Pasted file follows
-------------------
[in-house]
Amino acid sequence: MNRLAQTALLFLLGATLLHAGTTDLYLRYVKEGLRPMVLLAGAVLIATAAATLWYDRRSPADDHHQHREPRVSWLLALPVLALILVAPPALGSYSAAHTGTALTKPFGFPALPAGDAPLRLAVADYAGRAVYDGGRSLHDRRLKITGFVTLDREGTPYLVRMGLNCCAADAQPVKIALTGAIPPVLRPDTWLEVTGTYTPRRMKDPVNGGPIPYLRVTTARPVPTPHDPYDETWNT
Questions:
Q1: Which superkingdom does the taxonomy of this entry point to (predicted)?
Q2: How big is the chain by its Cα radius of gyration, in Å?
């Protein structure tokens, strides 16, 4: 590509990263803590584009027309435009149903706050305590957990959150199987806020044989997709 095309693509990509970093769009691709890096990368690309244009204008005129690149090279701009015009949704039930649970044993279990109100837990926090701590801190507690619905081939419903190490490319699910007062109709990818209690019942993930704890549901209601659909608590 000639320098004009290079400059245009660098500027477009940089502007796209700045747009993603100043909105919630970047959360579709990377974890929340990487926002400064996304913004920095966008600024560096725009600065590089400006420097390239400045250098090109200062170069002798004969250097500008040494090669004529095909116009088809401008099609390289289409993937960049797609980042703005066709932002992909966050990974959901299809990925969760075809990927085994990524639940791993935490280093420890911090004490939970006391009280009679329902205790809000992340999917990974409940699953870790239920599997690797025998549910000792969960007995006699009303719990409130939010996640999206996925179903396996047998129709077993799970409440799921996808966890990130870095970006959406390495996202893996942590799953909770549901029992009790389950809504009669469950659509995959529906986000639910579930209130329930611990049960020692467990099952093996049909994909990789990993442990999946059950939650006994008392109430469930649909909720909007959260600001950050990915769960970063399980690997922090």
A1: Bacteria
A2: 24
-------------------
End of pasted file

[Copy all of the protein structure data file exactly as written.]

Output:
[in-house]
Amino acid sequence: MNRLAQTALLFLLGATLLHAGTTDLYLRYVKEGLRPMVLLAGAVLIATAAATLWYDRRSPADDHHQHREPRVSWLLALPVLALILVAPPALGSYSAAHTGTALTKPFGFPALPAGDAPLRLAVADYAGRAVYDGGRSLHDRRLKITGFVTLDREGTPYLVRMGLNCCAADAQPVKIALTGAIPPVLRPDTWLEVTGTYTPRRMKDPVNGGPIPYLRVTTARPVPTPHDPYDETWNT
Questions:
Q1: Which superkingdom does the taxonomy of this entry point to (predicted)?
Q2: How big is the chain by its Cα radius of gyration, in Å?
């Protein structure tokens, strides 16, 4: 590509990263803590584009027309435009149903706050305590957990959150199987806020044989997709 095309693509990509970093769009691709890096990368690309244009204008005129690149090279701009015009949704039930649970044993279990109100837990926090701590801190507690619905081939419903190490490319699910007062109709990818209690019942993930704890549901209601659909608590 000639320098004009290079400059245009660098500027477009940089502007796209700045747009993603100043909105919630970047959360579709990377974890929340990487926002400064996304913004920095966008600024560096725009600065590089400006420097390239400045250098090109200062170069002798004969250097500008040494090669004529095909116009088809401008099609390289289409993937960049797609980042703005066709932002992909966050990974959901299809990925969760075809990927085994990524639940791993935490280093420890911090004490939970006391009280009679329902205790809000992340999917990974409940699953870790239920599997690797025998549910000792969960007995006699009303719990409130939010996640999206996925179903396996047998129709077993799970409440799921996808966890990130870095970006959406390495996202893996942590799953909770549901029992009790389950809504009669469950659509995959529906986000639910579930209130329930611990049960020692467990099952093996049909994909990789990993442990999946059950939650006994008392109430469930649909909720909007959260600001950050990915769960970063399980690997922090």
A1: Bacteria
A2: 24